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And That Makes One
by Derek Smart
Last night was Ted Lilly's Cub debut, and he made it all about him. After Big Z's shaky opener, it was thrilling to see a team that will only go as far as its starters will carry it get such an outstanding effort from one of their big, offseason acquisitions. Pitching Acquisition #2 goes this morning. Let's hope we get similar results today, but for now, let's fire some bullets.
It's not often you see a pitcher strike out nine men without blowing anybody away, but such was the case last night for both Lilly and Reds' starter Bronson Arroyo - Cincy's man doing it with an assortment of deceptive breaking balls, and the Cub hurler by simply throwing strikes, changing speed, changing location, and generally out-thinking his opposition. I love seeing the inherent beauty in a raw power pitcher plying his trade, but there is, perhaps, a deeper level of appreciation to be had when drinking in the work of a man who's just owning the joint with his brain.
The Cubs still have yet to throw the switch at the power station, although they did get their first extra-base hit of the season with Alfonso Soriano's seventh inning double. It's not a point of concern - this team is still going to earn it's keep with raw muscle - in fact, there's something to be said for being able to plate runs with singles on a night when the ball simply wasn't carrying, despite some strong winds blowing out to left-center. We've all seen these type of nights result in lots of flies and no tallies, so I'll take the outage in exchange for the scores.
If the first two games of the season are any indication (and they aren't, but bear with me here), we're going to see one Cub hitter every time out look completely lost at the dish. Opening Day it was Man-Crush-Matt, and last night it was The Savior. In fact, I'd say Lee looked about as lost as I've ever seen him against Arroyo's stuff. Right up to the point in the eighth when Derrek led off the frame with a ground-ball single, it looked like he'd never seen Arroyo in his life - like he'd never seen any Major League pitching, in fact. Even a team's best player can be made to look silly. Remember that next time you're sweating because Albert Pujols is lurking with the game on the line. It may not work out in the end, but it might lower your blood pressure in the moment.
Speaking of Arroyo, I must not have been paying much attention during his starts versus the Cubs last year (I think many of them were during day games that I failed to watch in the evening), because I was a little shocked at just how many breaking balls he threw. It was a kind of what I'd imagine a Michael Wuertz start to be like, perhaps not in the solid results, but certainly in the backwards approach. I'd even say it took the Cubs a bit by surprise, as it wasn't until the second, and in some cases the third time through the order, when the team starting to look like they were expecting something that wasn't a fastball.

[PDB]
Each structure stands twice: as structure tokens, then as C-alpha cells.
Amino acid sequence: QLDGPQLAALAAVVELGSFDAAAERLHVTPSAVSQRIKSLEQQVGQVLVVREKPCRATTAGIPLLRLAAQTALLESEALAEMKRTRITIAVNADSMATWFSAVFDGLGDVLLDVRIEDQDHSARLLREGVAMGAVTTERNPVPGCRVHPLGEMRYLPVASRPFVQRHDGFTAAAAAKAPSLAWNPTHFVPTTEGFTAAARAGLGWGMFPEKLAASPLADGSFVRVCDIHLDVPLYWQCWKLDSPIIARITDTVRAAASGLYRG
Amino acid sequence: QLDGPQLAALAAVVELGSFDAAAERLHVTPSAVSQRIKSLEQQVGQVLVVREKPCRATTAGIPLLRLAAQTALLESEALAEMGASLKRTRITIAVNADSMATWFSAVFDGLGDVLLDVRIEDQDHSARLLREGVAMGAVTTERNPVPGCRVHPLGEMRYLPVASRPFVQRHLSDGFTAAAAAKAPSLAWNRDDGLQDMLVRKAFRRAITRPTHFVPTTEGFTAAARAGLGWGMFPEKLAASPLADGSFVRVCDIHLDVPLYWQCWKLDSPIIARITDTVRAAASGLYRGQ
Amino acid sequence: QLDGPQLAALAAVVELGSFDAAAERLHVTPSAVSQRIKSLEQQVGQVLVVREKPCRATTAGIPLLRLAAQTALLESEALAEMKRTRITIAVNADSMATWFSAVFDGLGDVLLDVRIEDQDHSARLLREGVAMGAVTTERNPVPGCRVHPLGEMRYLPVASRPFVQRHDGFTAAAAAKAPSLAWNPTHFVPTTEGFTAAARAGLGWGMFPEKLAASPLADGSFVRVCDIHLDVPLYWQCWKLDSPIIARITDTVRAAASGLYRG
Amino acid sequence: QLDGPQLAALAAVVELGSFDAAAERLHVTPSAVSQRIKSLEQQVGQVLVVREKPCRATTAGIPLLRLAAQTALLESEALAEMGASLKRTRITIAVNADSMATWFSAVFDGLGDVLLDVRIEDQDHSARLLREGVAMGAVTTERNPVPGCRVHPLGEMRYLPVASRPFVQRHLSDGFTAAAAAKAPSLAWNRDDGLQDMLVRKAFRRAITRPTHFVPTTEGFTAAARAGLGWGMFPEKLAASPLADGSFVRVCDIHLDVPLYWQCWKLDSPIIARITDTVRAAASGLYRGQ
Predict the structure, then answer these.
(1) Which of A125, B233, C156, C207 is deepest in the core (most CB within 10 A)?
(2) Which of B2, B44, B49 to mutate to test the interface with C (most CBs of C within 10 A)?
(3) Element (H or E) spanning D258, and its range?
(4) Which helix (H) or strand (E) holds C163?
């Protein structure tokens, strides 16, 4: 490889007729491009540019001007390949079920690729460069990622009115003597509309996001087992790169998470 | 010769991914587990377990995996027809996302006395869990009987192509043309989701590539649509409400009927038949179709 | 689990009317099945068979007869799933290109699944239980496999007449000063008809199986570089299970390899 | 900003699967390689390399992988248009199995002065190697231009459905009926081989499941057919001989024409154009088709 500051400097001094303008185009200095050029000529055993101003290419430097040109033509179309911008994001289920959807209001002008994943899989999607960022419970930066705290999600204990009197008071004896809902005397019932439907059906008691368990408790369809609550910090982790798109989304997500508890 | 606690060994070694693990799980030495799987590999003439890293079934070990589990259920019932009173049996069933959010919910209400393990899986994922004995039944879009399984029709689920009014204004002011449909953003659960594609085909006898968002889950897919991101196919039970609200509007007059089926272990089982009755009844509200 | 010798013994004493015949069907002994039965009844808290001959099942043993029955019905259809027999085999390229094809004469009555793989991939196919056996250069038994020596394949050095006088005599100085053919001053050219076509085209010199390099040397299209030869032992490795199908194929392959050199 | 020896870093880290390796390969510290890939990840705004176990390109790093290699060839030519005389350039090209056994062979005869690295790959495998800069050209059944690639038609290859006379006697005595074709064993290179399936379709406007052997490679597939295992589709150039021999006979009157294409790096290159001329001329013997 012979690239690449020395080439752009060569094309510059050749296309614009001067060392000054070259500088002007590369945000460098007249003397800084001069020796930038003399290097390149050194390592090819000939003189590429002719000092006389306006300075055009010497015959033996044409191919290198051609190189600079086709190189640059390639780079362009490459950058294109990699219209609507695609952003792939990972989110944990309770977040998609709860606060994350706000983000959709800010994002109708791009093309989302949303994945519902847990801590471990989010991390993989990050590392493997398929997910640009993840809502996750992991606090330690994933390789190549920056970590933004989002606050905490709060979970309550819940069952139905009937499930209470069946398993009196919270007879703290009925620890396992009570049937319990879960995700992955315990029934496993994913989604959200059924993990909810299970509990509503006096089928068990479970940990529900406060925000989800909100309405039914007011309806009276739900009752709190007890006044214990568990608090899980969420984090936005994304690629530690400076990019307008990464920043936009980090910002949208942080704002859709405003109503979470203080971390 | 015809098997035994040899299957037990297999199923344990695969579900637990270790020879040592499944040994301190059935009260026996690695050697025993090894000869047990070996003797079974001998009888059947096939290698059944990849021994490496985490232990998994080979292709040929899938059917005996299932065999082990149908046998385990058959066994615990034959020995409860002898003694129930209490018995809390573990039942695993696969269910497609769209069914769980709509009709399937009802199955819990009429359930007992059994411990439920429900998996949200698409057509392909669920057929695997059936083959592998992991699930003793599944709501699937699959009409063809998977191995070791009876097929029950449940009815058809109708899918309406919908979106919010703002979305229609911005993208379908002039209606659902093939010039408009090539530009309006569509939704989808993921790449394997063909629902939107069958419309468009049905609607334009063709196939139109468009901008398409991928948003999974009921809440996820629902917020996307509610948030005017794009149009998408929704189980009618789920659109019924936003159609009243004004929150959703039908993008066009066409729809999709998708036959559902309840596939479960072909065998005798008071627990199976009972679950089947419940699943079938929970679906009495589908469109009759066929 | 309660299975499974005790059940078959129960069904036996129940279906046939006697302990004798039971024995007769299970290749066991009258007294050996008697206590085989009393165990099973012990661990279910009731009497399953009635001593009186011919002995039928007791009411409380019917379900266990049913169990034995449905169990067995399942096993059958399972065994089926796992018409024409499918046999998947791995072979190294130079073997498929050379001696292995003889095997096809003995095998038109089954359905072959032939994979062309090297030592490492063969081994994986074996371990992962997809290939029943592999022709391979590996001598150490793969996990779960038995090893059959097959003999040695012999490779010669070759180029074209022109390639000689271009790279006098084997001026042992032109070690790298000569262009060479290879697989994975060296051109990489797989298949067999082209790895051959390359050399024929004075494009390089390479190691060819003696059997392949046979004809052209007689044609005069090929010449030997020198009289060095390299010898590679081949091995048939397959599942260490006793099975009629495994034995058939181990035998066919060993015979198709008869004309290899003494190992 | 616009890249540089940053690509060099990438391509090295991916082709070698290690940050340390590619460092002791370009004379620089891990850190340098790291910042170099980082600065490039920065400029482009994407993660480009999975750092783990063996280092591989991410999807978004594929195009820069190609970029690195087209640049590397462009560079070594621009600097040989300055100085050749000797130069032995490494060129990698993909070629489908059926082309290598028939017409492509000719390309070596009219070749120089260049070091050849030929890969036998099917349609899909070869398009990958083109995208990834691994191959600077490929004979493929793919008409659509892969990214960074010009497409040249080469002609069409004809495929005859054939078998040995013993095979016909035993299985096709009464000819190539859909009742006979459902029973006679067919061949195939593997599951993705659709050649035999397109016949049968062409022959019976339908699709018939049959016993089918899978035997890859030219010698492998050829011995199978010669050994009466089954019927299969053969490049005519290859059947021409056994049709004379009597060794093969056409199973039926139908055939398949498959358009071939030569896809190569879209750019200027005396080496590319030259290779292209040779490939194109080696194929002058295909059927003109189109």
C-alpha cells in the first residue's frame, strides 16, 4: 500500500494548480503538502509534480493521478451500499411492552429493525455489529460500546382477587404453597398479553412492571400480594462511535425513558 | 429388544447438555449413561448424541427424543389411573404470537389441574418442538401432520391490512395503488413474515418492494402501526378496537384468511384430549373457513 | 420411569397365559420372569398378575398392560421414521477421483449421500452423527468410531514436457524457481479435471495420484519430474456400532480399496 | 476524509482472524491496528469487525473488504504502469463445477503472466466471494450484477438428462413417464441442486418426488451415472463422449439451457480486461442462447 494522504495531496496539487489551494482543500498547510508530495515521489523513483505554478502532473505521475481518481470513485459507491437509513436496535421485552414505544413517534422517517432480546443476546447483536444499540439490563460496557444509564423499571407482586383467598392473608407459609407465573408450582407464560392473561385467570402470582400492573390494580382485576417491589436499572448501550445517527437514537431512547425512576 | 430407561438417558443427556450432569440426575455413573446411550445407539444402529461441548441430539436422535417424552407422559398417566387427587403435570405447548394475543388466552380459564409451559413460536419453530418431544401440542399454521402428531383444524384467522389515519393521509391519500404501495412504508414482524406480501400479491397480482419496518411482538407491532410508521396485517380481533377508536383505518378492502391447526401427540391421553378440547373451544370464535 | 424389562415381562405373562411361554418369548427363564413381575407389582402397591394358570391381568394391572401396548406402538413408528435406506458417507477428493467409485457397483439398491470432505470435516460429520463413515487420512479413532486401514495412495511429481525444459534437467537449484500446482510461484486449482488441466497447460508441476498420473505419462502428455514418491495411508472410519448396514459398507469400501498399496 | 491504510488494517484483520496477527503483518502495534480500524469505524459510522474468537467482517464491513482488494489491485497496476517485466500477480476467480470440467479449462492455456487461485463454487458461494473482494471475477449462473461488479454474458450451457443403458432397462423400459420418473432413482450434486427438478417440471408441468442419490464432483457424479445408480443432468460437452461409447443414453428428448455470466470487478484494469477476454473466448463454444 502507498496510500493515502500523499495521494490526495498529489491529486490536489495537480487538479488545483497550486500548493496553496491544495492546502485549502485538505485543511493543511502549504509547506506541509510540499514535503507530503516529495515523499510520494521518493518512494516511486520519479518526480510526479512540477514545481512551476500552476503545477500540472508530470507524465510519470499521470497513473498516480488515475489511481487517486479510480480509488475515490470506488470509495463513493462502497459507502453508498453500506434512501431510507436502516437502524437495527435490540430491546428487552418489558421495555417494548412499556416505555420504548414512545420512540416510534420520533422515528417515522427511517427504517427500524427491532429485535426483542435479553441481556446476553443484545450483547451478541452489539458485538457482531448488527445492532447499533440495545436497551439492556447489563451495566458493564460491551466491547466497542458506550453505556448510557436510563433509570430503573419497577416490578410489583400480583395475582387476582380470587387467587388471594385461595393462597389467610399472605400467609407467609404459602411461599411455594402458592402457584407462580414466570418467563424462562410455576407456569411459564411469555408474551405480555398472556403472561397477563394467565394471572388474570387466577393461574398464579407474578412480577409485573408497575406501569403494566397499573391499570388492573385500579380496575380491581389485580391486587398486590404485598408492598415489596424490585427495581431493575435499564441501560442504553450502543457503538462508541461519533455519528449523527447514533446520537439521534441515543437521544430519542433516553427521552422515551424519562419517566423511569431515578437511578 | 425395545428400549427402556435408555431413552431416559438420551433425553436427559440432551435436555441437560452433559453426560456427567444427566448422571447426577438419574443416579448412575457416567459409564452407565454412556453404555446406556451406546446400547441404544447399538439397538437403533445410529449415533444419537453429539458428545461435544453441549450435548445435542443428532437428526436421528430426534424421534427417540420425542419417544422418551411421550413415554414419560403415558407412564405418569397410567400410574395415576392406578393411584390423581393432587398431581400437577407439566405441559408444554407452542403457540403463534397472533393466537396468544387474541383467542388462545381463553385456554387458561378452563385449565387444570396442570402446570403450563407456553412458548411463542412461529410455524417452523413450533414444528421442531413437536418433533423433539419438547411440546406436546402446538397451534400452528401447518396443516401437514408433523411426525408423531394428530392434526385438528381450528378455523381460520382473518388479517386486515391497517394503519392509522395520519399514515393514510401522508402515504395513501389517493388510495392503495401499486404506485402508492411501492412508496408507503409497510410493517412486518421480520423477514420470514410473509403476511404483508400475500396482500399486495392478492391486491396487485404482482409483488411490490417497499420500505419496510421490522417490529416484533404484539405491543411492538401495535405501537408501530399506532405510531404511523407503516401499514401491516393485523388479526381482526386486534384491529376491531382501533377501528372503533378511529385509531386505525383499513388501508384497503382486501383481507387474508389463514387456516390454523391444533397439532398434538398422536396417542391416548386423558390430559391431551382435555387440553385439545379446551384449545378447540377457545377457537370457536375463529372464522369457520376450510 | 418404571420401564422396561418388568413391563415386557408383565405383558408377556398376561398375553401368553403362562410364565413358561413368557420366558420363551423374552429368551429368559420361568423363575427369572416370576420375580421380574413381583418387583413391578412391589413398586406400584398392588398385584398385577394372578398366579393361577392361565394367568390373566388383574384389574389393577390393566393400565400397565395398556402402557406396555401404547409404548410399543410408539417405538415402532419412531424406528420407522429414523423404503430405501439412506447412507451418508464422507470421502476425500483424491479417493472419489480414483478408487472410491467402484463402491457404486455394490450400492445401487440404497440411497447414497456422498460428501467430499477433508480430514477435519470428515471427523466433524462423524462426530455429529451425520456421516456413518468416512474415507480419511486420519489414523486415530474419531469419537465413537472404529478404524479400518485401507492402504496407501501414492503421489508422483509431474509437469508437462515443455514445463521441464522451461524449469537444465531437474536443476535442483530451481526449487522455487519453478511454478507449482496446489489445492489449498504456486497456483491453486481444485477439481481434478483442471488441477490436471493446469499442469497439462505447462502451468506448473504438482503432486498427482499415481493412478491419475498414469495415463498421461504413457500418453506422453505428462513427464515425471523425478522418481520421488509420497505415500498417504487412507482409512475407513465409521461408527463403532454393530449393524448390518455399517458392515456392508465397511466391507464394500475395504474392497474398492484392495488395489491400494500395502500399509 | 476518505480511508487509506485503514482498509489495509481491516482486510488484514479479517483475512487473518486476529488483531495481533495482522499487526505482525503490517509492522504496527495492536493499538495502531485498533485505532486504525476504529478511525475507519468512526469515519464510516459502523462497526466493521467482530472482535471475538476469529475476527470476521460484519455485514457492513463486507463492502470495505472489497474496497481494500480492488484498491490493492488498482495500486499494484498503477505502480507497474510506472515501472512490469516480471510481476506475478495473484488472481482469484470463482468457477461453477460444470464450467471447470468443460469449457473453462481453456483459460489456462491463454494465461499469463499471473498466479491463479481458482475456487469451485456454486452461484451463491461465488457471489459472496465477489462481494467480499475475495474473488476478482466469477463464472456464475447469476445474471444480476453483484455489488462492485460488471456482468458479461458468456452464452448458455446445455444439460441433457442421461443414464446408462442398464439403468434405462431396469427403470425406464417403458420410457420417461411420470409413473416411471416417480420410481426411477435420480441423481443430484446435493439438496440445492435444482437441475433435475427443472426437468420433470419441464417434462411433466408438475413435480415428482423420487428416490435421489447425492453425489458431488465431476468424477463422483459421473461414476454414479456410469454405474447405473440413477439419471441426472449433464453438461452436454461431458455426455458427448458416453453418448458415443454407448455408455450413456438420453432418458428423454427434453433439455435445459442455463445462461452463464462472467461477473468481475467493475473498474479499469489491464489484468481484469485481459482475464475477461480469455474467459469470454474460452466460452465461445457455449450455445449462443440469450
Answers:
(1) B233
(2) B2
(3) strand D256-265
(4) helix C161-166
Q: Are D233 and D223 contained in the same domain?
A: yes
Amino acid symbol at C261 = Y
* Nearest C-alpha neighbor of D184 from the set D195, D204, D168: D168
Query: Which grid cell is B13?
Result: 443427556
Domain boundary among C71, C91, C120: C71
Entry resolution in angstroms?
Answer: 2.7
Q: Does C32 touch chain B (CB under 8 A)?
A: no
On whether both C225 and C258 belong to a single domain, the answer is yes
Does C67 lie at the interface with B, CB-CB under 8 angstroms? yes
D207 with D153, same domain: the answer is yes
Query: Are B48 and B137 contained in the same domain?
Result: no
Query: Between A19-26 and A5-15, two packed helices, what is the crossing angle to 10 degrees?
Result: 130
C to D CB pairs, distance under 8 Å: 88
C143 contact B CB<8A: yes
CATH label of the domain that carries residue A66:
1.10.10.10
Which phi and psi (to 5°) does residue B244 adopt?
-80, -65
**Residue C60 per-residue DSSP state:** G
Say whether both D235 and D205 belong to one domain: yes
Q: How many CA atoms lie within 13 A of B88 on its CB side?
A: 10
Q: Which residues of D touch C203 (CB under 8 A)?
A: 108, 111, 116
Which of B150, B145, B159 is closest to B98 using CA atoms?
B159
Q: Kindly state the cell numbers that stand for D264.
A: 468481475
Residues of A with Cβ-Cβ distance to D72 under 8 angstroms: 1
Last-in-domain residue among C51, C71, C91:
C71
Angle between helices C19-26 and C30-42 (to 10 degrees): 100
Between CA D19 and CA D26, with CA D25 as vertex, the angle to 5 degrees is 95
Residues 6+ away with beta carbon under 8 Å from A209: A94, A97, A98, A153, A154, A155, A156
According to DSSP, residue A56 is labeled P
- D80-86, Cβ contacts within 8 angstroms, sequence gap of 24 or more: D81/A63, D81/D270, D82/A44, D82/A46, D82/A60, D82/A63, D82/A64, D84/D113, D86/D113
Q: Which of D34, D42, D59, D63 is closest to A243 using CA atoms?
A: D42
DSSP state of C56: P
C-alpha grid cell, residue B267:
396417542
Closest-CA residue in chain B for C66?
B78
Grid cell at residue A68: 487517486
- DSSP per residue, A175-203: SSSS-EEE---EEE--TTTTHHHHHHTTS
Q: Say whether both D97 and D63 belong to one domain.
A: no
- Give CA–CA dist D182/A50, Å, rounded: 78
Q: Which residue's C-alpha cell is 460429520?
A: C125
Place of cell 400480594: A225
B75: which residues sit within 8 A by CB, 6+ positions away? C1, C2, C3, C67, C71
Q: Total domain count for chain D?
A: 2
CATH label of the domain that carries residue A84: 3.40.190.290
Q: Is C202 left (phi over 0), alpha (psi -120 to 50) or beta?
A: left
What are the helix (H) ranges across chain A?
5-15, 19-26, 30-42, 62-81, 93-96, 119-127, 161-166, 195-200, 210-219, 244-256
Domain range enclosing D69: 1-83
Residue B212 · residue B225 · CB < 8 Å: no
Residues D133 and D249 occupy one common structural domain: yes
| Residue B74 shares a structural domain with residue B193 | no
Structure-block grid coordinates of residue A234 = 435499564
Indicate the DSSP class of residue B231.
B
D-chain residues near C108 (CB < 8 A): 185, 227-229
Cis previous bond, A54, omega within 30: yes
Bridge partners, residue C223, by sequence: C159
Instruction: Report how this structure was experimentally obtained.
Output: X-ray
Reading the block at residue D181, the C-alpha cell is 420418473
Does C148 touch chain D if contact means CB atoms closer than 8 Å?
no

Cliff Floyd hits the ball real hard. When he starts getting some loft on those puppies, he'll set off air raid sirens.
When folks talk about the Lou Piniella Era being, at the very least, an entertaining one, they're referring to a season full of incident's like last night's little chat with Ryan Dempster on the mound. With a 4-1 lead, Dempster was having a little trouble finding the plate, having issued a one-out walk and gotten behind Junior 1-0 on a ball that clearly got away from him.
Out trots Lou, and before he even hits the mound I can make out some phrases which my limited lip-reading skills parsed into "You've got a f*****g three run lead! Throw some f*****g stikes!" After spouting, perhaps, two more sets of similarly colored verbiage, back he goes to the dugout, piece said, leaving an obviously shell shocked Dempster to ponder his next move. His first toss was a ball, but the next was not, and two pitches later, there was nothing else to worry about.
I stuck around to watch the handshakes afterward, partly to bask in the season's first victory, but mostly to see what sort of interaction the manager and closer might have, which is when I saw what I think I liked the most. Lou reached out, grabbed Dempster's hand, threw his burly arm around his shoulder, and gave him a big, winning smile. There was no lip-reading this time, but I imagined something akin to "I'm proud of you, kid. I was hard on you, but you turned it around. That's what winners do."